30 May 2017

Numerian Smart Sword

I was going through my hard drive and stumble upon this magical item I had written up for the 2015 RPG Superstar contest.

Numerian Smart Sword 

Aura moderate transmutation; CL 9th

Slot none; Price 21,100 gp; Weight 16 lbs.


Inspired by Androffan smart armor, the Technic League developed a multi-function smart weapon. This +1 adamantine greatsword has active and inactive modes. While inactive it functions as a medium greatsword; however due to its great weight applies a -2 penalty to attack rolls, to any medium creature wielding it two-handed or any large creature wielding it one-handed. It can activated as a swift action, expending one charge, expanding to a large greatsword and negating any penalties related to the size; thereby, allowing a medium creature to wield it as a two-handed weapon with no additional penalties. While active it consumes one charge per round, and it can further change form as a swift action like a transformative weapon, consuming one charge and choosing from glaive, greataxe, spiked chain, or two-bladed sword, all large-sized.

Like smart armor, it has 60 charges. As a hybrid weapon the enhancement bonus to attack and damage rolls and the negation of the size penalty are affected by areas of antimagic or similar effects, but not its transformative properties, those being limited by its charges.


Requirements Craft Magic Arms and Armor, Craft Technological Arms and Armor (DC 30), bull's strength, lead blades, righteous might or giant form I, military lab; Cost 11,635 gp

The Garland  Ancient Polymorphic Weapon

Price 21,100 sp; Weight 16 lbs.


This heavy matte black sword appears to be forged from one solid piece of metal with a repeating fractal pattern etched over its entirety. It is clearly a work of craftsmanship beyond that currently available, but at the same time despite the intricacy of the etchings, it looks and feels extremely utilitarian, much like a munitions grade sword. It is in fact a product of the ancient Numerian Empire as an attempt to copy and improve upon even more ancient wonders of the Androffan Technocracy, specifically the so called "smart armor."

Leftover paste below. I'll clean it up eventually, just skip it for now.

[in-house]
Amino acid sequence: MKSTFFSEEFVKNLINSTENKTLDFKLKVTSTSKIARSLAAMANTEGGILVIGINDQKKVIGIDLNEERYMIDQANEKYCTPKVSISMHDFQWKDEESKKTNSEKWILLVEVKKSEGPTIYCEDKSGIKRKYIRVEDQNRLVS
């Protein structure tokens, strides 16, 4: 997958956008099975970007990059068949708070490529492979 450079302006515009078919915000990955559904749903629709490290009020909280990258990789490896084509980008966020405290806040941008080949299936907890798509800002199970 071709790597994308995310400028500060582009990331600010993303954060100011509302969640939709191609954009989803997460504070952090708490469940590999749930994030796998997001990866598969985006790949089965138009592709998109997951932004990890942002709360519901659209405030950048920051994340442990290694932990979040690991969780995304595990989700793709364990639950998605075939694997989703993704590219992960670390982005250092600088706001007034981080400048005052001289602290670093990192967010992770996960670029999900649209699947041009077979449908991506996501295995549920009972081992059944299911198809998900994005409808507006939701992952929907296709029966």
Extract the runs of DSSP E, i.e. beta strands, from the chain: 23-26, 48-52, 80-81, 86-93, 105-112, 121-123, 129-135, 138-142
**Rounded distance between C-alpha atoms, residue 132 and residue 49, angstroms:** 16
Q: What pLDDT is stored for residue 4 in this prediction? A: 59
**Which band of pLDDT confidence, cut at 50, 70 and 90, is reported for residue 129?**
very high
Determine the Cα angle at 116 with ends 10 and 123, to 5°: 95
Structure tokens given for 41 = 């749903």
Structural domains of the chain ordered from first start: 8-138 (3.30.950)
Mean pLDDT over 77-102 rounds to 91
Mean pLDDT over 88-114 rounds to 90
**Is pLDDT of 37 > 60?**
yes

This adamantine greatsword has two modes, active and inactive. While inactive it functions as a greatsword; however, due to its great weight it applies a -2 penalty to attack rolls. It can be activated as part of any action involving it, expending one charge, initially folding outwards into a larger greatsword (d12 damage) and negating any penalties related to the size. While active it consumes one charge per round, and its form can be changed once per round without using any additional actions by consuming an additional charge, choosing from glaive (d10 damage), greataxe (d12), spiked chain (d8), or two swords (d10 damage), all larger than human sized.

It possesses 60 charges of a technological nature; therefore, it can only be recharged by means of radio-isotopes, extremely pure (and volatile) chemicals, or strong continuous electric current. When out of charges it reverts to its base form of a serviceable, if clumsy, greatsword. 

The Garland is the product of both foreign super-science and ancient magic, a necessity for despite how advanced the Numerians were, they were never able to reach the same heights of technological wonder that the Androffens did. Instead they 'cheated' using magic to fill in the gaps. It counts as a magic weapon for all matters that care about such things, although it does not provide bonuses to attack or damage rolls.